Twitter and Facebook late on Monday both flagged posts by President Donald Trump that claimed that a US Supreme Court decision on mail-in voting in Pennsylvania would lead to “rampant” fraud and was “very dangerous.”
Twitter hid the president tweet, sent the day before the US presidential election, supporting a label which said the content was “disputed” and “might be misleading.”
Trump and his Republican allies have repeatedly said, with no evidence, that mail-in votes are vulnerable to fraud, but election experts state that’s uncommon in U.S. elections. Trump’s tweet also said the Supreme Court’s decision would “induce violence in the streets.”
Social media giants are under pressure to curb misinformation on their platforms ahead of the US election. Twitter has labelled or put warnings on tweets from Trump multiple times this season for violating its rules.
Twitter also prevents users from retweeting or responding to the post, allowing just ‘quote tweets.’ It stated the tweets will likewise not be algorithmically suggested by its own systems.
The Election Integrity Partnership, that tweeted that Twitter took actions about 40 minutes following Trump’s tweet has been delivered, stated would “be wise” to pick up the pace.
Twitter’s action effectively stopped the tweet’s spread.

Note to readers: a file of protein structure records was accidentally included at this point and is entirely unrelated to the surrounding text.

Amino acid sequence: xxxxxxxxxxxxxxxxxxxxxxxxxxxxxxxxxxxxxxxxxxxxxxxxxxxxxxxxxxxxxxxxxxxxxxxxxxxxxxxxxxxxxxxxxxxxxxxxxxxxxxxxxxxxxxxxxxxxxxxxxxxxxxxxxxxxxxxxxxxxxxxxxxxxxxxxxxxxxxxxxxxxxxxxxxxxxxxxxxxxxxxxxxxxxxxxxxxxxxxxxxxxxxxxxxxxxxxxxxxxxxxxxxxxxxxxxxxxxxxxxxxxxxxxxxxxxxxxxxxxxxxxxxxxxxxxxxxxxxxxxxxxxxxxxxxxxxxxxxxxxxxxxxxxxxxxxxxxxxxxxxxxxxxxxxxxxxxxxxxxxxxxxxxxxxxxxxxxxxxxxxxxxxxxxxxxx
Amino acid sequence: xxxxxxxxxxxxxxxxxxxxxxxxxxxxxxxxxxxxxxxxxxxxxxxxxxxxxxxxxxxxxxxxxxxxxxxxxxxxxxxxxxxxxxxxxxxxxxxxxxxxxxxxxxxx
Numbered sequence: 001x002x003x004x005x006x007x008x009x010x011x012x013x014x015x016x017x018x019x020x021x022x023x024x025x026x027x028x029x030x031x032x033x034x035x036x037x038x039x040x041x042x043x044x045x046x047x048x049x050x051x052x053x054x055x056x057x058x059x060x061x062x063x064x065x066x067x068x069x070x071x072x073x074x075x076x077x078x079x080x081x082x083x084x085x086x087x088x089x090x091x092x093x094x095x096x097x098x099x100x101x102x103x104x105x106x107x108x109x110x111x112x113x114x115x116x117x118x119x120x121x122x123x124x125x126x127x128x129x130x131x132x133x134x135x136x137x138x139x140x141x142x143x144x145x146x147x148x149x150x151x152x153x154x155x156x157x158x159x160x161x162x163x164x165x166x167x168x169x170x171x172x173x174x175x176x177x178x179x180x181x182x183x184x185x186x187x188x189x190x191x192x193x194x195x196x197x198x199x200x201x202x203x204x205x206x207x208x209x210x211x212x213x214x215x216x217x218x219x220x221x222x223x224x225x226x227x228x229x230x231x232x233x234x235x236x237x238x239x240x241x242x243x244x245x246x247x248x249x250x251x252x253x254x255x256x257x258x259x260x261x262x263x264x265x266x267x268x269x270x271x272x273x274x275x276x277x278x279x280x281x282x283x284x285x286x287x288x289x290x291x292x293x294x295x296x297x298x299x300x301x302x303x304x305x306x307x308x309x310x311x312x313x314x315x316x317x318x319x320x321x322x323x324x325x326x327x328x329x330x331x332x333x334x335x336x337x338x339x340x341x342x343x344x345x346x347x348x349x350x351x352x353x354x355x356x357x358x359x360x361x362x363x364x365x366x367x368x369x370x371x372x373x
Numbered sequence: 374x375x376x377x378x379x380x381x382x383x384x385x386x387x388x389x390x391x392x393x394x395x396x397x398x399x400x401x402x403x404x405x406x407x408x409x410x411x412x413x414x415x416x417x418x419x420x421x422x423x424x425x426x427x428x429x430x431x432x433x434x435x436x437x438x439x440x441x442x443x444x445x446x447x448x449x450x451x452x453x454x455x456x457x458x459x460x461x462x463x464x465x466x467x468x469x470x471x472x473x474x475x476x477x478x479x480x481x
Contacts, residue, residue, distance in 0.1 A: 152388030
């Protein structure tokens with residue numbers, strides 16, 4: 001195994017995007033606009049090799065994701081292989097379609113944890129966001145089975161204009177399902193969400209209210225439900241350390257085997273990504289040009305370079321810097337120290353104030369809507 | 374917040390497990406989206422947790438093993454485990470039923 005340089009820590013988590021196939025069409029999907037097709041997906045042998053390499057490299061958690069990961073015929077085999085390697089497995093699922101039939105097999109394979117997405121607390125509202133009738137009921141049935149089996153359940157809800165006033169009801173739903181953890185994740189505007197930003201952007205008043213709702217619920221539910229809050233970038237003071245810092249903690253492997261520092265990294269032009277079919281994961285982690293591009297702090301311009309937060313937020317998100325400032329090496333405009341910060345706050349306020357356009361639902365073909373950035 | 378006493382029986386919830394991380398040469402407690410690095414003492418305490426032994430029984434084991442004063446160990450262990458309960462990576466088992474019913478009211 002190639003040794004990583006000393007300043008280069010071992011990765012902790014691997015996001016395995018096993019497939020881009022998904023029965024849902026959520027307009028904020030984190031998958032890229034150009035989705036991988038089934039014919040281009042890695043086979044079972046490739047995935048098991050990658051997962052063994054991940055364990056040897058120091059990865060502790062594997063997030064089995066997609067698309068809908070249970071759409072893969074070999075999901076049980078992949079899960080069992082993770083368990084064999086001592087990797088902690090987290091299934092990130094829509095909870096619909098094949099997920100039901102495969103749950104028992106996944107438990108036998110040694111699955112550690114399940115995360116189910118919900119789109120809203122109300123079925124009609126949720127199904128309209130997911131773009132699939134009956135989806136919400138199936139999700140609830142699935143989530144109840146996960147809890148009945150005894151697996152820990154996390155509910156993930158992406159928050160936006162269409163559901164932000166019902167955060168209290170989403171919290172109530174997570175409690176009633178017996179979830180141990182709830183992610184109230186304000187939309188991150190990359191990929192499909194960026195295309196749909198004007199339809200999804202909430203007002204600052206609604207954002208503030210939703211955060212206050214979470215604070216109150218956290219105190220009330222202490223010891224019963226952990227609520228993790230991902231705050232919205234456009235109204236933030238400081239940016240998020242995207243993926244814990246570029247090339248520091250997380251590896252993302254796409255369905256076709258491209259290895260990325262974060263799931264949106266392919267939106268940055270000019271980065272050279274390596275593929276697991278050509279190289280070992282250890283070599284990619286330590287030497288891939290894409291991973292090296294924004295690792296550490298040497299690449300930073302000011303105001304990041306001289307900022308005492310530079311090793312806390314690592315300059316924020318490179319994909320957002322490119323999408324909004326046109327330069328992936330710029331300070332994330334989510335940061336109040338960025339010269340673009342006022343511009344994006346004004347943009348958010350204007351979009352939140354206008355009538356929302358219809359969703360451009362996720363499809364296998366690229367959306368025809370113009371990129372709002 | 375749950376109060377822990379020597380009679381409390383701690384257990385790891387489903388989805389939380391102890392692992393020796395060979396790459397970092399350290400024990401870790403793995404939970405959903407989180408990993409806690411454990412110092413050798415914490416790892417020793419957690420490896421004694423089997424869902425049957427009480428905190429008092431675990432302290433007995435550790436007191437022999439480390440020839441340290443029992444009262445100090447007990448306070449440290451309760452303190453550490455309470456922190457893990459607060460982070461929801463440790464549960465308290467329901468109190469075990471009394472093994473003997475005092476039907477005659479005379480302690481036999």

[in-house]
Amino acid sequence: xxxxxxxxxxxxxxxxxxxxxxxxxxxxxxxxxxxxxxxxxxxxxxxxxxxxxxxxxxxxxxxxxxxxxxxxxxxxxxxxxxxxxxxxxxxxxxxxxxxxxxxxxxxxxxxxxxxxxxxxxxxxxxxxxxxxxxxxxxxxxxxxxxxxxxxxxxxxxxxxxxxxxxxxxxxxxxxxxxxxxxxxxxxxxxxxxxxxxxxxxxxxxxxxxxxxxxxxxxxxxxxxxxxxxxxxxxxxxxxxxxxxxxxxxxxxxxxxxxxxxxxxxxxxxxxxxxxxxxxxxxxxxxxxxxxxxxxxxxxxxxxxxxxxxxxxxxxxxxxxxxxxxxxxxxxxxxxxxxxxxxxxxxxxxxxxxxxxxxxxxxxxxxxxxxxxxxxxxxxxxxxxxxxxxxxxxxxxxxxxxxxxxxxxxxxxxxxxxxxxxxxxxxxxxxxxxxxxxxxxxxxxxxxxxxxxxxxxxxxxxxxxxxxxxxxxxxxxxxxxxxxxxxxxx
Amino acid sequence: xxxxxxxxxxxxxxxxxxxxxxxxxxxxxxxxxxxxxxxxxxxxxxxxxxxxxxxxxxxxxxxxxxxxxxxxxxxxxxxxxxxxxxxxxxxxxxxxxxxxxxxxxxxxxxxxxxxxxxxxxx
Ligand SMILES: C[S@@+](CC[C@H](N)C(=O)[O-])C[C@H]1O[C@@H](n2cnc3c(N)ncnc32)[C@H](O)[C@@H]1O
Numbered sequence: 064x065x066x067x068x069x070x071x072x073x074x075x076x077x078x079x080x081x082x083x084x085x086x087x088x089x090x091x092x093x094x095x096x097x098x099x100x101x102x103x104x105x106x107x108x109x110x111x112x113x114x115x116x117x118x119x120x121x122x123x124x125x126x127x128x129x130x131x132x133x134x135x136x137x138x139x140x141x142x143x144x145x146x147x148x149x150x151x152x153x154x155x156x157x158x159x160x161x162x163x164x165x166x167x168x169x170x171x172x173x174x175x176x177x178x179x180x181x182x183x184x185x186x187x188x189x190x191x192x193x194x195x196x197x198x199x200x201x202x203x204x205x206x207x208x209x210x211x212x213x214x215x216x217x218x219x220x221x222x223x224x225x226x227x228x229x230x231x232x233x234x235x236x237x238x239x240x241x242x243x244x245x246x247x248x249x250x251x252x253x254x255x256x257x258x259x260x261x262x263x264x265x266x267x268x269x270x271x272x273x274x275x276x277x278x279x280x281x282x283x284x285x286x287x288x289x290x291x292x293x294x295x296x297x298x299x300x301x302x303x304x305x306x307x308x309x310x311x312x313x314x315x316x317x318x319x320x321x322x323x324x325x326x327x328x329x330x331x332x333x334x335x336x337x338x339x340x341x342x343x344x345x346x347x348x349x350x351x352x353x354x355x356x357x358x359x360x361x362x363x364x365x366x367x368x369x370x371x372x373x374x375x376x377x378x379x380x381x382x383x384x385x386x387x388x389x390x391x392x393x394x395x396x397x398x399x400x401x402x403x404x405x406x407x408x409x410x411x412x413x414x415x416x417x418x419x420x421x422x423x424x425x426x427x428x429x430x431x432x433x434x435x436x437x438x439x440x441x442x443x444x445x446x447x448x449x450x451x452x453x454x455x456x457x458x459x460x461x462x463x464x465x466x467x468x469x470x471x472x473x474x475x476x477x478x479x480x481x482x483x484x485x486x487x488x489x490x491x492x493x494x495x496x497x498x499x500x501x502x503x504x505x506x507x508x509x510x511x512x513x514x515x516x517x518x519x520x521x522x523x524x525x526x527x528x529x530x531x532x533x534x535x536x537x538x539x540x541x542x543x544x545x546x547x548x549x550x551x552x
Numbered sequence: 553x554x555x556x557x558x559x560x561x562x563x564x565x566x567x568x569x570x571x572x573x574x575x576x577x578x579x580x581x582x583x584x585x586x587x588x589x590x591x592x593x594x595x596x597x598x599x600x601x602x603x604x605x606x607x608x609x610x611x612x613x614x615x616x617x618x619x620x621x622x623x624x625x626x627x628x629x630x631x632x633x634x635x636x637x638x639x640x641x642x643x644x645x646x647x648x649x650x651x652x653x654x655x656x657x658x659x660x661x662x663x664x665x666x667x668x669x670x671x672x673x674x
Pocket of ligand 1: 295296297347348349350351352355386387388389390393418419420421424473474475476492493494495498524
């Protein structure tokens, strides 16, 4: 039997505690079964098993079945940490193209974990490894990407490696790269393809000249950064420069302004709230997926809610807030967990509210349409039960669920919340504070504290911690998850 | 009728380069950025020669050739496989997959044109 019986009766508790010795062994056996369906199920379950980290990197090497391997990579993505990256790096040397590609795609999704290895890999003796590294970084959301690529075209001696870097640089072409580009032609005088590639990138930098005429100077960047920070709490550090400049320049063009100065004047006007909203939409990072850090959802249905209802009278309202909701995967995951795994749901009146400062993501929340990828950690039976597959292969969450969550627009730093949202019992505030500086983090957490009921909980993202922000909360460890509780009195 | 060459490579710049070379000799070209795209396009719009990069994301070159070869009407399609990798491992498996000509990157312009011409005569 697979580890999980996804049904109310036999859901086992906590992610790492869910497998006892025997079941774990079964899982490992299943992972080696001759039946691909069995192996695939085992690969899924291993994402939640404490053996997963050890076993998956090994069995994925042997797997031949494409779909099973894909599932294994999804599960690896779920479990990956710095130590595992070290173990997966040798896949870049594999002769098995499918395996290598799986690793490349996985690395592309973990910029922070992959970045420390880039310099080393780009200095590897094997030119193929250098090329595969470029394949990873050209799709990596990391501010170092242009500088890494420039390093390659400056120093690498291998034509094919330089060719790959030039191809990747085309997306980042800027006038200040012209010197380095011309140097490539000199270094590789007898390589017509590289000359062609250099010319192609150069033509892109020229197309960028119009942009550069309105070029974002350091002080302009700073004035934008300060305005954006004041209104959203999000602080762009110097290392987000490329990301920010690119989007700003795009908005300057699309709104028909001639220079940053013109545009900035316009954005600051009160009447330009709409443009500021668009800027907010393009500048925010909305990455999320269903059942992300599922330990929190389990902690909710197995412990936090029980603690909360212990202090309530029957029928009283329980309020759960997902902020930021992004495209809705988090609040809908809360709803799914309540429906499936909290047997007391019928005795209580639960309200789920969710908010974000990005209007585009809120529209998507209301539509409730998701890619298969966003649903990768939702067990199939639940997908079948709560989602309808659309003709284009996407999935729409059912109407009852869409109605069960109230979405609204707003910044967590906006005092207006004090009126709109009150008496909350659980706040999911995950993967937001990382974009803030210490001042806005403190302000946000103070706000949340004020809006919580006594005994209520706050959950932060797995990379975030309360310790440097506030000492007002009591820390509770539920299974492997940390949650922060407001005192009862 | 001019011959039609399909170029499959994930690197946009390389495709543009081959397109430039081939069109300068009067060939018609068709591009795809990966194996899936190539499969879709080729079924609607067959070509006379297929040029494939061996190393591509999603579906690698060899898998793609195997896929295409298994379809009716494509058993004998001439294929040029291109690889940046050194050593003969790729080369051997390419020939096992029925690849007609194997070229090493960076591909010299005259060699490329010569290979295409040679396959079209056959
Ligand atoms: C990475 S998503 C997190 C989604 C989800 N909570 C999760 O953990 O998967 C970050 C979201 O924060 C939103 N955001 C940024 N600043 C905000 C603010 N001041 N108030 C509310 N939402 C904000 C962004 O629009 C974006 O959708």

The US Supreme Court last week let extended deadlines for receiving mail-in ballots in Tuesday’s election in Pennsylvania and North Carolina, says critical to Trump’s re-election chances.
The conclusion let stand a ruling by Pennsylvania’s top court allowing mail-in ballots postmarked by Election Day and received around 3 days afterwards to be counted.
Facebook inserted a disclaimer to Trump’s post, which was shared 4,200 occasions, saying that voting by mail and voting in person have a “history of trustworthiness” from the US, with voter fraud being extremely uncommon.
Facebook also tagged a Fox News video posted by Trump where he talked about “cheating” in Pennsylvania with the identical message.
The team at Platform Executive hope you have enjoyed this news article. Initial reporting via our official content partners at Thomson Reuters. Reporting by Elizabeth Culliford in Birmingham, England. Kanishka Singh and Bhargav Acharya in Bengaluru. Editing by Leslie Adler and Lincoln Feast.
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